2. Shalimar

She is in her late forties, small complexion, nice athletic body, short hair. Everytime I meet her I am surprised at how petite she is: her energy is such that her presence fills more space than her actual body. As usual her perfume puzzles me: why do I recognize it? Do I possibly remember it from the last time I saw her?

I especially like the way she dresses: very basic and comfortable, yet so elegant. You could not compare her clothes to the polished outfits that Lebanese ladies sport at conferences and vernissages, making us foreigners look like inappropriate cindarellas. She is the one who gives allure to her dresses, not the opposite

Obviously her elegance is not in her clothes, it’s probably in the way she moves, the way she speaks and listens. So focused, like a ballet dancer reharsing.

I check on her while she crosses the parterre to reach her seat. Like a dancer in leotard –  it is clear she’s dressed for working.

And everytime her perfume puzzles me. It unexpectedly strong, deep, sensual. Sweet of an old fashioned sweetness (vanilla maybe? iris? and bergamotte for sure), but with something woody (incense? really?), mediterranean. Lavender?

She must have a private space where she’s not set up for displaying her energy. Where she’s an old fashioned woman with an excellent education, outstanding intelligence and good taste, and she’s allowed to ignore all the rest. The dusty streets of Beirut, the fat very well dressed businessmen, the artists, the smiling politician who is somehow one of her hundreds of cousins, the traffic, the smell of the traffic, the poor begging in the traffic and all of those horrible huge white buildings that call for a massive destruction.

But now she smiles to me with polite complicity and says: “I suggest you try the mini-kebbeh before the journalists discover it…” and leads me to the buffet, and she talks about my projects seeming really interested, encouraging and concerned.

Thus I wonder: maybe now I am the dust, I am the traffic, I am an unwilling bundle of talent that she thinks might be worth her efforts. I hope I decide to trust her.

1. CK One (for a man, or a woman)

There was a time back in the late Nineties, when, at every gathering, at least one of our friends, boy or girl, was wearing the CK One perfume. You were in the car with your mates, singing while driving out of the city for the weekend, and the car smelled CK One, you were outside a club before a concert, and the crowd smelled CK One, you were in the class, at your friends’ house, in a bar for a coffee, at the library, and, somehow, the scent of CK One spread through the air. That fragrance was everywhere, it was so merged with the athmosphere that it passed quite unnoticed. CK One was my then best friend’s perfume, and her boyfriend’s too. At that time I did not really like it that much. But now, if by chance I happen to listen to Chumbawamba, Song number two, Mano Negra, Vento d’Estate, my brain automatically reproduces that fresh lemon-jasmine-musk smell, and I can’t help smiling.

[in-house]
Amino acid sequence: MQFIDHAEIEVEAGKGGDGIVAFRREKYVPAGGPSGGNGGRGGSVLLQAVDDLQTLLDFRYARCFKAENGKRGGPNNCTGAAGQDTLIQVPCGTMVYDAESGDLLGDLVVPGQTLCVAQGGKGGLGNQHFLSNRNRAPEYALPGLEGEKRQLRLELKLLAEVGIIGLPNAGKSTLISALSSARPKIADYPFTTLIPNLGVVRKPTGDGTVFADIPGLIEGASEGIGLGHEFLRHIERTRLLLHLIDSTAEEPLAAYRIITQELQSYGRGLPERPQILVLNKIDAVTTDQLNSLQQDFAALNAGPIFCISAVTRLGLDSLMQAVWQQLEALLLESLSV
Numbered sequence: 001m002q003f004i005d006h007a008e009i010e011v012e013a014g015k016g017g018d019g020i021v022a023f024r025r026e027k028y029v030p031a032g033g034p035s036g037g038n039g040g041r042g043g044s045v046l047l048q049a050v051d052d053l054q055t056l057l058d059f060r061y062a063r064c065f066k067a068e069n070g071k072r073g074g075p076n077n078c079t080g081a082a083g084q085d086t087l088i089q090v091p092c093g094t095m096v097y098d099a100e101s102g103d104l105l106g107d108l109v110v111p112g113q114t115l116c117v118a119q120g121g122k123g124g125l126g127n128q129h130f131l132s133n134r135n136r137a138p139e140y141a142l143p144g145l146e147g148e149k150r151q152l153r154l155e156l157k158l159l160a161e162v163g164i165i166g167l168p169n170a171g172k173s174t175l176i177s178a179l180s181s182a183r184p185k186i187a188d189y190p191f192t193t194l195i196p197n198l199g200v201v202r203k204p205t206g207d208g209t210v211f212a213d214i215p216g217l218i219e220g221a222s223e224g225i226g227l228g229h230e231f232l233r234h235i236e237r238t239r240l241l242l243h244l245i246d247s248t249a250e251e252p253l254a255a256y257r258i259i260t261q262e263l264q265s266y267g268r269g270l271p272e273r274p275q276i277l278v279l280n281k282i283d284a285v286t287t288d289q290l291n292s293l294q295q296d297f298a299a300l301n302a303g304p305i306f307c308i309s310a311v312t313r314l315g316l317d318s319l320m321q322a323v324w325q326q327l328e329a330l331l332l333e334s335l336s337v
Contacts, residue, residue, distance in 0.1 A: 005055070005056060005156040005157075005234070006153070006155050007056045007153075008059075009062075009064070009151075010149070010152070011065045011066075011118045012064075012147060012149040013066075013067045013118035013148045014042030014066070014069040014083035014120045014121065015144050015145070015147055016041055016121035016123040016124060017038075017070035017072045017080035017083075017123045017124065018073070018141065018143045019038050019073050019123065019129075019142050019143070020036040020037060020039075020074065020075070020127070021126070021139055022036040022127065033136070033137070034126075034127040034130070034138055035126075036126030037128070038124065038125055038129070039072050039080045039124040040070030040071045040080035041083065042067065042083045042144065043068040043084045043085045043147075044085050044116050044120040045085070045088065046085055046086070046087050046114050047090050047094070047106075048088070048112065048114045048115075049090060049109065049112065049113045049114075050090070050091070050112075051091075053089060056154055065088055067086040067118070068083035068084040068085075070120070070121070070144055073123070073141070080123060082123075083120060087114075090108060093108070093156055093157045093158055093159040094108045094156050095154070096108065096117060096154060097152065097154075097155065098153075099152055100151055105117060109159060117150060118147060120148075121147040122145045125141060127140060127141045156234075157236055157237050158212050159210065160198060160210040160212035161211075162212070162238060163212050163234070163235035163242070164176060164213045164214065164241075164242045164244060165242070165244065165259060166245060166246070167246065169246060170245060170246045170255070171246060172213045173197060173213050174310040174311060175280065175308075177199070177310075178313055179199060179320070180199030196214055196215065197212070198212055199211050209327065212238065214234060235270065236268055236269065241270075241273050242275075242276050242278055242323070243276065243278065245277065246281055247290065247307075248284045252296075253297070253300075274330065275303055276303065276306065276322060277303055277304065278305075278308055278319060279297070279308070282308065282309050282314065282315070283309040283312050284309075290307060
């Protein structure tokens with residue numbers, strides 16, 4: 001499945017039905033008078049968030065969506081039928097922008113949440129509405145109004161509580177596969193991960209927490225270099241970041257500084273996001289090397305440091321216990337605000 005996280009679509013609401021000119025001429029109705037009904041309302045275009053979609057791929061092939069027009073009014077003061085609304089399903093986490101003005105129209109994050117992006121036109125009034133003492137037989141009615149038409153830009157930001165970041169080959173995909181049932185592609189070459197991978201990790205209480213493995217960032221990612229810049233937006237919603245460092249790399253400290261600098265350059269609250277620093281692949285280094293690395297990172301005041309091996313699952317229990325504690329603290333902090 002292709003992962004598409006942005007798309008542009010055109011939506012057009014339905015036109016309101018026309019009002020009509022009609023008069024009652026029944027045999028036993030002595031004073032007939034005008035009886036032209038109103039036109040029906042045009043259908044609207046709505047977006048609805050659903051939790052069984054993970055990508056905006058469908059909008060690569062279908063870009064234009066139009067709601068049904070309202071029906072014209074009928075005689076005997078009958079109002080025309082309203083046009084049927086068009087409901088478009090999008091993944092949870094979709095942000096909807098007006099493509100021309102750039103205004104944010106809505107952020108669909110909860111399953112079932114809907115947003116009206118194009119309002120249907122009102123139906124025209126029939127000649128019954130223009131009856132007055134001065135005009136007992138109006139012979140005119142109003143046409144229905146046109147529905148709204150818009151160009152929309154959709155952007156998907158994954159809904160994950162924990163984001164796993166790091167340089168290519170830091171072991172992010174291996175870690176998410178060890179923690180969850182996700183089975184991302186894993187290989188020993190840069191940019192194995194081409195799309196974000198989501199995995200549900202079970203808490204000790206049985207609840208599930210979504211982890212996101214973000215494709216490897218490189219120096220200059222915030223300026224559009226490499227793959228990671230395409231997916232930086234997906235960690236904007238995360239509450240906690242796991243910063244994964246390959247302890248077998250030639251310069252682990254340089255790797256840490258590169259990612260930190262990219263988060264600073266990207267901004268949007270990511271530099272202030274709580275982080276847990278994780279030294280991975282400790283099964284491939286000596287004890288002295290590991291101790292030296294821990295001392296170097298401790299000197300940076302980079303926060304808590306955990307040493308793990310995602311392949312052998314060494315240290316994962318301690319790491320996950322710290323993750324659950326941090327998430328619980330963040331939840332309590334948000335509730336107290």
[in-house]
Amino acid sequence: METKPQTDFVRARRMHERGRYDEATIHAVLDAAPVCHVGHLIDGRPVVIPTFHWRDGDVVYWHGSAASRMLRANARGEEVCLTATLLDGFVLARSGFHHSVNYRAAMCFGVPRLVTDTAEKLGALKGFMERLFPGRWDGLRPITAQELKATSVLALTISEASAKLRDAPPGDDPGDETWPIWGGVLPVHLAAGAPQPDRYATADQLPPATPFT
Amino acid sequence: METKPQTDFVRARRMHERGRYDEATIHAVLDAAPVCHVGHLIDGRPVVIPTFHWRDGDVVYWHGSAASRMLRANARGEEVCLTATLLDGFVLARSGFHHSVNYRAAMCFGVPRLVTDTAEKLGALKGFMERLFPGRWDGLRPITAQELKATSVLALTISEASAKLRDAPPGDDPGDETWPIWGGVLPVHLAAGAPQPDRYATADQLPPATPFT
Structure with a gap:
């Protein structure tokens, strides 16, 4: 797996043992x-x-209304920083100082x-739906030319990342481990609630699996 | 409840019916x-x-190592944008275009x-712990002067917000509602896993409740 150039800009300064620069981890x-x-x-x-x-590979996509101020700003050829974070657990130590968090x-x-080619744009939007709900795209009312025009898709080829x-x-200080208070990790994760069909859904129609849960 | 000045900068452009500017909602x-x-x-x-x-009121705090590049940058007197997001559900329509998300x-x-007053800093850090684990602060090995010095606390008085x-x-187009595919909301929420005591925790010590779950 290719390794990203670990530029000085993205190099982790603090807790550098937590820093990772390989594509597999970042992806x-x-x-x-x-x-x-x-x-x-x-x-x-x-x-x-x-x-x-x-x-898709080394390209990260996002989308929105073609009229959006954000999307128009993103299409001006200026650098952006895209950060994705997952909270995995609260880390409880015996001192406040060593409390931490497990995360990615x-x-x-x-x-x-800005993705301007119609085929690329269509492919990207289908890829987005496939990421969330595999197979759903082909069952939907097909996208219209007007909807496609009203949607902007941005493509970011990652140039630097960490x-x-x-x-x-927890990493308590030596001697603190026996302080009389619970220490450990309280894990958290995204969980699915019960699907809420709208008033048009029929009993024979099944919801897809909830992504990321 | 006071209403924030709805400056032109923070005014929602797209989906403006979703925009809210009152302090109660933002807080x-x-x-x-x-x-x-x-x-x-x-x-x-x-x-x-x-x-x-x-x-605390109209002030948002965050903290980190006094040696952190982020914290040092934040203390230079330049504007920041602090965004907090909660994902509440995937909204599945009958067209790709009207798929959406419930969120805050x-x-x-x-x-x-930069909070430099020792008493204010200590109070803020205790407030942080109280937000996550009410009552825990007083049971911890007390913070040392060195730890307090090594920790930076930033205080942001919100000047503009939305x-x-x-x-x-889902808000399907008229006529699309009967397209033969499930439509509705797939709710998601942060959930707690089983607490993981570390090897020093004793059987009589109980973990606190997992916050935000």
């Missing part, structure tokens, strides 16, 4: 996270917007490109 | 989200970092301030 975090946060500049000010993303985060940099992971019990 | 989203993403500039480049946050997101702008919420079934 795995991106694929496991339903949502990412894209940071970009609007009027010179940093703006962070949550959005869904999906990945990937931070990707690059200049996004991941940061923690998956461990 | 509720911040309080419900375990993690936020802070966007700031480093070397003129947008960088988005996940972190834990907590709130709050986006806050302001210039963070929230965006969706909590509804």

This serves to introduce the fact that I met him, my twenty-years-ago-best-friend’s boyfriend, on Christmas eve, in a crowded shop, in a town were neither one of us lives.

– Hey! is that you? So you live here!

– Hi! How nice to meet you! I don’t live here. Do you?

– Nope! That’s so weird! You look fine! How are you doing?

She was jealous of her exclusive relationship with each one of us, so we never talked much. We used to look at each other from a safe distance while we separately shared her attentions, her secrets, and a great deal of her time.

And now we were standing in the crowd, smiling and chatting: two middle aged nearly strangers, who unexpectedly recognized each other. We hugged and wished merry Christmas, and on his neck and jacket (a dark grey corduroy jacket) I could distinctly smell that CK One fragrance.

Did he still use it?

Or did I made it up?

Anyway, I smelled it. Time stood still for how long? A blink?

For as long as that blink lasted I stood in the neon light of the shop in a parallel dimension of infinite possibilities, where all the choices that had lead us to be those adults with glasses, scarves and corduroy jackets who had casually met in a foreign city, were still to be made. All of the friends, lovers, babies, music, travels, projects that I had lost in the process, and all of those that I would never have in the future, materialised for a moment around us. I smelled the bold innocence of my nineteen years and I thought: thanks goodness I was not aware of how fragile everything is.

Then we said goodbye, moved away and it was over.